Date(s) - 03/10/2020
11:30 am - 1:00 pm
Dilation and Slip Tendency Analysis:
Connections to Stress State, Failure Mode, and Fracture-Controlled Fluid Flow
Kevin J. Smart and David A. Ferrill
Southwest Research Institute, San Antonio, Texas
Mechanical stratigraphy and stress state are key controls on the development of geologic structures. For example, faults can have complicated shapes caused by variations in failure modes as well as by linkage of fault segments, and fractures will develop in some beds but not others. Early formed structures can also undergo later reactivation under widely varying stress conditions. Understanding the present-day conduit or barrier behavior of faults and fractures requires analysis in the in-situ stress state but is aided by analyzing the structural history under evolving tectonic regimes. In this presentation, we explore the related concepts of failure mode and resolved stress analysis. We provide examples of a range of geologic structures – normal faults, thrust faults, tectonic stylolites, and extension fractures – that formed and then evolved under changing stress conditions during the Laramide, and Basin and Range tectonism in west Texas. We discuss the utility of using relative dilation tendency versus slip tendency as a predictor of deformation behavior, and suggest this parameter space as a new tool for evaluating conduit versus seal behavior of geologic structures.
Kevin J. Smart
Southwest Research Institute
Kevin Smart received his B.S. degree in geology from Allegheny College in 1989, his M.S. degree in geology from the University of New Orleans in 1992, and his Ph.D. in geology from the University of Tennessee in 1996. Dr. Smart is a structural geologist with extensive expertise in computational solid mechanics. His experience spans structural geology and geomechanics, nonlinear finite element and discrete element analyses, field mapping, strain and microstructural analyses, and geologic fracture analysis.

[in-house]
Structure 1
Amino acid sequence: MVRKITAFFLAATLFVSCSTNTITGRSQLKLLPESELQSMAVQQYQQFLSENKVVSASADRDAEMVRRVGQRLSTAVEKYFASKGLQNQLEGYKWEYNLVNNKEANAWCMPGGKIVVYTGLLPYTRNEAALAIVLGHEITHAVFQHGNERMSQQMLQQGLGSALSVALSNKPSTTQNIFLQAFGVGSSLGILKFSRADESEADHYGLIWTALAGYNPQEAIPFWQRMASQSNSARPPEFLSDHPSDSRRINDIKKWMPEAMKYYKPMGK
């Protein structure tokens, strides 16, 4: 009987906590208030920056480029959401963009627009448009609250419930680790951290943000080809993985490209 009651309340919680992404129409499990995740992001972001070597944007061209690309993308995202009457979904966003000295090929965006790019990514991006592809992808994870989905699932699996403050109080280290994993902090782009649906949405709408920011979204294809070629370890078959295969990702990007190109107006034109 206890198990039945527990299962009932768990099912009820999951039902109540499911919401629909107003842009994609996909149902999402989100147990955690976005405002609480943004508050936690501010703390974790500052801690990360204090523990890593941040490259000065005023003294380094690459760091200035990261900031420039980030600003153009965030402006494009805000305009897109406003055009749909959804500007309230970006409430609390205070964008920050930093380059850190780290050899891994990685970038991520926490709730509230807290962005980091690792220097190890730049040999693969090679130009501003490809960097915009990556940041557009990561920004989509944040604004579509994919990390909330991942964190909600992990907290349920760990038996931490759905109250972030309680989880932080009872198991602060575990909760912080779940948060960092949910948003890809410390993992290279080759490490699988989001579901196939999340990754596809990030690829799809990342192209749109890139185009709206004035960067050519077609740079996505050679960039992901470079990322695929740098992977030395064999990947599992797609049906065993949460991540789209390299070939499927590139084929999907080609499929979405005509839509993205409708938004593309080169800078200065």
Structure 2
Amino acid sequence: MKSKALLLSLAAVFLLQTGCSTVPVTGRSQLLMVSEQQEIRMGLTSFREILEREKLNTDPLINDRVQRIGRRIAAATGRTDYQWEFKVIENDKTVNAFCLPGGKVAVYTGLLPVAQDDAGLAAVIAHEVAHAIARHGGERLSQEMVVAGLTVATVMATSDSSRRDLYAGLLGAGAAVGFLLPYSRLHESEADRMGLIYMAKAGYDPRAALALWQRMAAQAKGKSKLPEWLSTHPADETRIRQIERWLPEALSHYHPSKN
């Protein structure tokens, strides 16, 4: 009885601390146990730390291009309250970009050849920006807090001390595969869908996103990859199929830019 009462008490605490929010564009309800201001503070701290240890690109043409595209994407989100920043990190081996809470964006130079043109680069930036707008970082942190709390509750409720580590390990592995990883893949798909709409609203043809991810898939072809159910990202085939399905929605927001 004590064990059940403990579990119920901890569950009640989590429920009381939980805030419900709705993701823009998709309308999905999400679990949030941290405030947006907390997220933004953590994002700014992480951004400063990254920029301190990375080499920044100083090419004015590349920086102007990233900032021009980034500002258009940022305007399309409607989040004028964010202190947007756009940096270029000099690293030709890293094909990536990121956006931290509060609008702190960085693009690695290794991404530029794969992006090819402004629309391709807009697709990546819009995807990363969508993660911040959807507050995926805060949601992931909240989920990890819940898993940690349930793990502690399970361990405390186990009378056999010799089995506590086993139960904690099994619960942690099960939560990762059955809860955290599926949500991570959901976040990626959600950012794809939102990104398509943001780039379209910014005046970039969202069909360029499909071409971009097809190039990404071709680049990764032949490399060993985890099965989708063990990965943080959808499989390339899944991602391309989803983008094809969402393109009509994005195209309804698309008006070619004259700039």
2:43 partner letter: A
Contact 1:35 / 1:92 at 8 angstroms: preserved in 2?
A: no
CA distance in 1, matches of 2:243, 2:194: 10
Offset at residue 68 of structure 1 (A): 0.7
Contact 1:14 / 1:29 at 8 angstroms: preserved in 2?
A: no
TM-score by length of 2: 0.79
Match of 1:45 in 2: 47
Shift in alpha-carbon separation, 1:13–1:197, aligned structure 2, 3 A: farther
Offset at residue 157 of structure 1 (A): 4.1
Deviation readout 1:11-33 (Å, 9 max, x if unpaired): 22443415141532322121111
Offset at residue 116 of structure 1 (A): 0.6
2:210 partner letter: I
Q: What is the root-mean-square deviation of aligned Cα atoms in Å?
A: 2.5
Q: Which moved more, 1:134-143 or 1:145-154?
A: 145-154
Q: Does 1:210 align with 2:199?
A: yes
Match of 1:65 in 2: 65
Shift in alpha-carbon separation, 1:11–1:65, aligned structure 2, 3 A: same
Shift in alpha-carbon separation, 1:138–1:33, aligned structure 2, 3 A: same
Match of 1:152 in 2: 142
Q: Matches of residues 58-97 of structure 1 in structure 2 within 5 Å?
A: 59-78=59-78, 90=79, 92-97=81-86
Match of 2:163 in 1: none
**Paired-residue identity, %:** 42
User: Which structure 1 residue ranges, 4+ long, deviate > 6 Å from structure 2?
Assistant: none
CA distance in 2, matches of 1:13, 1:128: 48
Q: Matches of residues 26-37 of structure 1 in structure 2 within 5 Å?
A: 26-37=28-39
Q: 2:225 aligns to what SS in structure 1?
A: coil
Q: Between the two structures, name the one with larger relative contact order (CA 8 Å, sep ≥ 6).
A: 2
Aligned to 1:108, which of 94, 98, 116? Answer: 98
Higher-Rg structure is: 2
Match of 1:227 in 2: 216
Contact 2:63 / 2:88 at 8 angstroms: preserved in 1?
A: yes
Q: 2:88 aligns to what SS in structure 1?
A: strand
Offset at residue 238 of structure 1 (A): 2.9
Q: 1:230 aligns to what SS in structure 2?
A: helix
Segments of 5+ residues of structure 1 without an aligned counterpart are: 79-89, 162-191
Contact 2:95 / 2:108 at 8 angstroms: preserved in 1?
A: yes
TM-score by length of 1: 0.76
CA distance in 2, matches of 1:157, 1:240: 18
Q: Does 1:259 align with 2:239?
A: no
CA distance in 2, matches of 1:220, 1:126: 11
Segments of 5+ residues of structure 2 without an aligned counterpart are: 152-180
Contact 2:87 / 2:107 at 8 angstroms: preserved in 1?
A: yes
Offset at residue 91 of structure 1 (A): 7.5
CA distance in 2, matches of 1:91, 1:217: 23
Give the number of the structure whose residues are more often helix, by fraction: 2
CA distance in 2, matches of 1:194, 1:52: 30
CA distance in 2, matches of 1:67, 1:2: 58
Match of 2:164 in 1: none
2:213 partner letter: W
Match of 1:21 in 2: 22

Dr. Smart joined Southwest Research Institute in 2003 and is currently the manager of the Earth Science section in the Space Science & Engineering Division. In this capacity, he works with department staff to develop projects for a range of clients, with emphasis on oil and gas exploration and production, groundwater resource analysis, and natural hazard assessment. In addition, Dr. Smart is part of a team conducting an integrated program of structural geology and geomechanics research for the oil and gas industry, including site-specific studies in Texas, New Mexico, Colorado, California, and Canada. His work in this area includes using ABAQUS® geomechanical models to predict fracture distributions in hydrocarbon reservoirs, analyzing the effect of complex stress fields on borehole stability, and simulating hydraulic fracturing in mechanically stratified geologic systems with particular emphasis on unconventional resource plays (e.g., Permian Basin, Eagle Ford Shale, Monterey Formation). In addition, he has analyzed the effects of energy extraction on geological fault stability and supported design of large-scale laboratory experiments of rock mechanical processes. Together with other division staff, he has conducted NASA-sponsored field-analog and numerical modeling (PFC®) research to better understand the development of pit crater chains, landslides, and wrinkle ridges on Mars.